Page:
The U.S. is expected to build a military base in the West African region of Agades, Niger with total construction and operations costs of $280 million by the end of 2024. 

According to Richard Komurek, a spokesperson for U.S. Air Forces in Europe and Air Forces Africa, the facility is the largest U.S. military base construction and is part of a growing American military presence across Africa.

Dan Gettinger, co-founder and co-director of the Center for the Study of the Drone at Bard College, tells the Intercept, “It’s probably one of the most remote U.S. military airbases ever built. Most drone bases on the African continent are appendages to larger airports and airfields, but not Agadez. The existing infrastructure is not there. So, the scale of the project is huge.”

Earlier in 2015, Congress approved of air force plans that “negotiated an agreement with the government of Niger to allow for the construction of a new runway and all associated pavements, facilities, and infrastructure adjacent to the Niger Armed Force’s Base Aerienne 201 (Airbase 201) south of the city of Agadez.”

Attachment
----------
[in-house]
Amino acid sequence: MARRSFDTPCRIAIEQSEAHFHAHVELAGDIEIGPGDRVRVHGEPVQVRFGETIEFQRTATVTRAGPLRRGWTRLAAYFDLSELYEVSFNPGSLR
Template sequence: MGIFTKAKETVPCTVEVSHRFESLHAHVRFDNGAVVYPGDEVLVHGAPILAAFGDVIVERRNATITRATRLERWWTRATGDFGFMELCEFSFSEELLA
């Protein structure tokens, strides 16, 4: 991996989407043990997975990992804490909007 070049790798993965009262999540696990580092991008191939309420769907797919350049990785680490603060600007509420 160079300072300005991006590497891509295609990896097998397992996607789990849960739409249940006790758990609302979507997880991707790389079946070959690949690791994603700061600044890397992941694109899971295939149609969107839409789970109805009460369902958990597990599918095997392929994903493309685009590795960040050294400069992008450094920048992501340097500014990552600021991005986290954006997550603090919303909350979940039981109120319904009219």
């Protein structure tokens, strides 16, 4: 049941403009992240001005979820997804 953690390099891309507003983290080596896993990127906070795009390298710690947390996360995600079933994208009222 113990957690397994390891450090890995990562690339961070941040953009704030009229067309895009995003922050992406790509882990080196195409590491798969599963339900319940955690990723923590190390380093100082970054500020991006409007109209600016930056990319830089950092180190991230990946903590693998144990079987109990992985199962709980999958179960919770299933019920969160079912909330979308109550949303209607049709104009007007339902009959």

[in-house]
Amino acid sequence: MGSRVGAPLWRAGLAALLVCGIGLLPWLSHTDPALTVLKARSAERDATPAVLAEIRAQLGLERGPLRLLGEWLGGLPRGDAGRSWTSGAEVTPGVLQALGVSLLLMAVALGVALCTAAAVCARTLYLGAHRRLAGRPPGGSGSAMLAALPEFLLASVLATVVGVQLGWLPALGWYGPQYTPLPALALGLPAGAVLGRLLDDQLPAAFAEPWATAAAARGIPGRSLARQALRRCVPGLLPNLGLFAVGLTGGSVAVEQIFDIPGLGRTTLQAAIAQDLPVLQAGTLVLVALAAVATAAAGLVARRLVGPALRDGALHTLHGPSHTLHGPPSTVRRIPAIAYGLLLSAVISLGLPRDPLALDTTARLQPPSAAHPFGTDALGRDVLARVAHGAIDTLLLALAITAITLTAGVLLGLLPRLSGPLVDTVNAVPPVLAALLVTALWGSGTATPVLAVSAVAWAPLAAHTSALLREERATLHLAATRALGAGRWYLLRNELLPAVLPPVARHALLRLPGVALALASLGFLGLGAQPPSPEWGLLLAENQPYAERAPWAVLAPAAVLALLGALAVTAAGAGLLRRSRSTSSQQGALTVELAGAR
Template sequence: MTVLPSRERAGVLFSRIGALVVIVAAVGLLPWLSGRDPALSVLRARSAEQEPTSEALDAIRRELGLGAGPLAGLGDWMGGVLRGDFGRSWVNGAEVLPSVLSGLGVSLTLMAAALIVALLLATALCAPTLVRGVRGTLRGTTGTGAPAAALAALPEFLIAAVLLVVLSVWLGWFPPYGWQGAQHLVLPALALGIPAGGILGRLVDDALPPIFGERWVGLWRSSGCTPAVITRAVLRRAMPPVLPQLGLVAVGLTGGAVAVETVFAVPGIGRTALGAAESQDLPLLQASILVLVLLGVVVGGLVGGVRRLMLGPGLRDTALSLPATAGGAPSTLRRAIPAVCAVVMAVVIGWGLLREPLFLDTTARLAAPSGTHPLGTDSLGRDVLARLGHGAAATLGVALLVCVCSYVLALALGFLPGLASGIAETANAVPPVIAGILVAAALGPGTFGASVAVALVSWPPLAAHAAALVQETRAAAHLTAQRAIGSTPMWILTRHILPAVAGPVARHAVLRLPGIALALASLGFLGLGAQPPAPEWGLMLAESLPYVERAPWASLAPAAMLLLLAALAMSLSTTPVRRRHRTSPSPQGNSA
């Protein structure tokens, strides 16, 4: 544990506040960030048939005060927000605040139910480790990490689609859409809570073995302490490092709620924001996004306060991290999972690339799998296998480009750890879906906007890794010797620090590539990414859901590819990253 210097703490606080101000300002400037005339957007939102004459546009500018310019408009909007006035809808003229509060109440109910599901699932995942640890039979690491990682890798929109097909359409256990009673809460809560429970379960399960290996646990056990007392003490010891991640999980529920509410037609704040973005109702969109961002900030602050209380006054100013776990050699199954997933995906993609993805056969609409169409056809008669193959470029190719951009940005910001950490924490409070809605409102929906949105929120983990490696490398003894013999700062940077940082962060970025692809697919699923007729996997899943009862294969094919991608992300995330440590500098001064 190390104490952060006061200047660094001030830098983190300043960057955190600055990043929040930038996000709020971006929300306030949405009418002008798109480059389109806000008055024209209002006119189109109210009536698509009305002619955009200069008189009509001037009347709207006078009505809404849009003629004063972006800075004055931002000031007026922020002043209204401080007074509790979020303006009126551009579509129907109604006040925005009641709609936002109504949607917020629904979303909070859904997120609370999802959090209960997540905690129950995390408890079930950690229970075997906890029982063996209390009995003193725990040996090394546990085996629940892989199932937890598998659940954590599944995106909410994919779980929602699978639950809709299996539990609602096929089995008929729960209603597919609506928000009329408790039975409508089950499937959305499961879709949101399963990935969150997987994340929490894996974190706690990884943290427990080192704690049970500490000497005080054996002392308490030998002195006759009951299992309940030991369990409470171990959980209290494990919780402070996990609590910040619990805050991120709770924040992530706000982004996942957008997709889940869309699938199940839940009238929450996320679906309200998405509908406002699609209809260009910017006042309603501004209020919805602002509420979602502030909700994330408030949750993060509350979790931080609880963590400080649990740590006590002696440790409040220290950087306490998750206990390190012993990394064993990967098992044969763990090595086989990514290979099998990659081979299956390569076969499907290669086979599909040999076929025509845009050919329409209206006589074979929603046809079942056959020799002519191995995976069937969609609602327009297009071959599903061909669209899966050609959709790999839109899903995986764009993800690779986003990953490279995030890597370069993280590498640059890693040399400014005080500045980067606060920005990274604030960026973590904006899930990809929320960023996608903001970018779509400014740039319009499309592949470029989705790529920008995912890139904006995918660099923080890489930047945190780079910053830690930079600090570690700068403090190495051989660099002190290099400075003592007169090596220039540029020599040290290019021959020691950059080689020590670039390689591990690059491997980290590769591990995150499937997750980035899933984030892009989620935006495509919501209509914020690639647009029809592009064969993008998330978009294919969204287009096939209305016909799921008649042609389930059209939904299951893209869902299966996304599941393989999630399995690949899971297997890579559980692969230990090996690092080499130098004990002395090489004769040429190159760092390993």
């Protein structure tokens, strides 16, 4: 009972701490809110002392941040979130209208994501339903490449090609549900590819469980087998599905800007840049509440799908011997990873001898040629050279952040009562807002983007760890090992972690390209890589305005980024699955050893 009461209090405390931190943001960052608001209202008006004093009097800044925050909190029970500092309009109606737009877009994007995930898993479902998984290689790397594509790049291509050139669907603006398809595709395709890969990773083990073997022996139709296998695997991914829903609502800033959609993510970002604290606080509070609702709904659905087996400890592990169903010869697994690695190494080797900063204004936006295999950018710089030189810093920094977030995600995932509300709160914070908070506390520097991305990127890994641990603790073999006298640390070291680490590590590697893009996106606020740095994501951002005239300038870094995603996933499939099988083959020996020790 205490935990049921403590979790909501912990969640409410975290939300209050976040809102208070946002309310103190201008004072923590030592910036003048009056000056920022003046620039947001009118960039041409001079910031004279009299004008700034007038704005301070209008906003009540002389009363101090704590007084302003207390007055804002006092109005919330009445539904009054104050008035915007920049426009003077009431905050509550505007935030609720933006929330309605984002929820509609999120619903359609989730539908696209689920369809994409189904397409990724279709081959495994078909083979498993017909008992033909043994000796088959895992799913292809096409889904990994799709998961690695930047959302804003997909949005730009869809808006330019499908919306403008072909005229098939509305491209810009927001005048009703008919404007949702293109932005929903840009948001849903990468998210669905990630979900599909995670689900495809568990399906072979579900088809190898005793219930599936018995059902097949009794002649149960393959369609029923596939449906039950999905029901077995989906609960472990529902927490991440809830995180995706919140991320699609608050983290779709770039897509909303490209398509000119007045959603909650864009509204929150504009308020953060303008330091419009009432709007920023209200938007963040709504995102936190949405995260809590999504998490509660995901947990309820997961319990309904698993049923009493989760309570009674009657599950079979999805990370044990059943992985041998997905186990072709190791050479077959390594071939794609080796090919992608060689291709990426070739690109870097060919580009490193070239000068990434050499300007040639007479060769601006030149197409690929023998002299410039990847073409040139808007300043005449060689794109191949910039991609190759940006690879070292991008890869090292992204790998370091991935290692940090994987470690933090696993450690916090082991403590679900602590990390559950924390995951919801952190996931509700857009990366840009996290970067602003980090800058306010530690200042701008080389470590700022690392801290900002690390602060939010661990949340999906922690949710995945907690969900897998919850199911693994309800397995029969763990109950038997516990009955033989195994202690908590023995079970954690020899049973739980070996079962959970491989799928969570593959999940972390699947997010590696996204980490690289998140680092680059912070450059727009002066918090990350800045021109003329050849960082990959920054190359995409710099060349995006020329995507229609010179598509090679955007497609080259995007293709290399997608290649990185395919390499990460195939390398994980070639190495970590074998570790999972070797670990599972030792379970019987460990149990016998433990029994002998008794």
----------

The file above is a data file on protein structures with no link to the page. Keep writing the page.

Since the outpost began its construction, U.S. military operations have increased with hundreds of drone attacks targeting Department of State sanctioned terrorist groups throughout West and North Africa. In particular, Libya has become one of the main targets for U.S. drone attacks and militant terrorist groups.

Critics state that the base would potentially help destabilize Niger as more Western militaries increase their presence in the area. France has troops stationed in the neighboring country of Mali, Germany’s Merkel flew to Niger, and Italy is sending troops to assist the French in a military mission.

While the Agadez base is remote, it comprises many American comforts alongside its military operations for stationed troops. These consist of a recreational center, large satellite dishes, air-conditioned cafeterias, large screen televisions, a gym and more.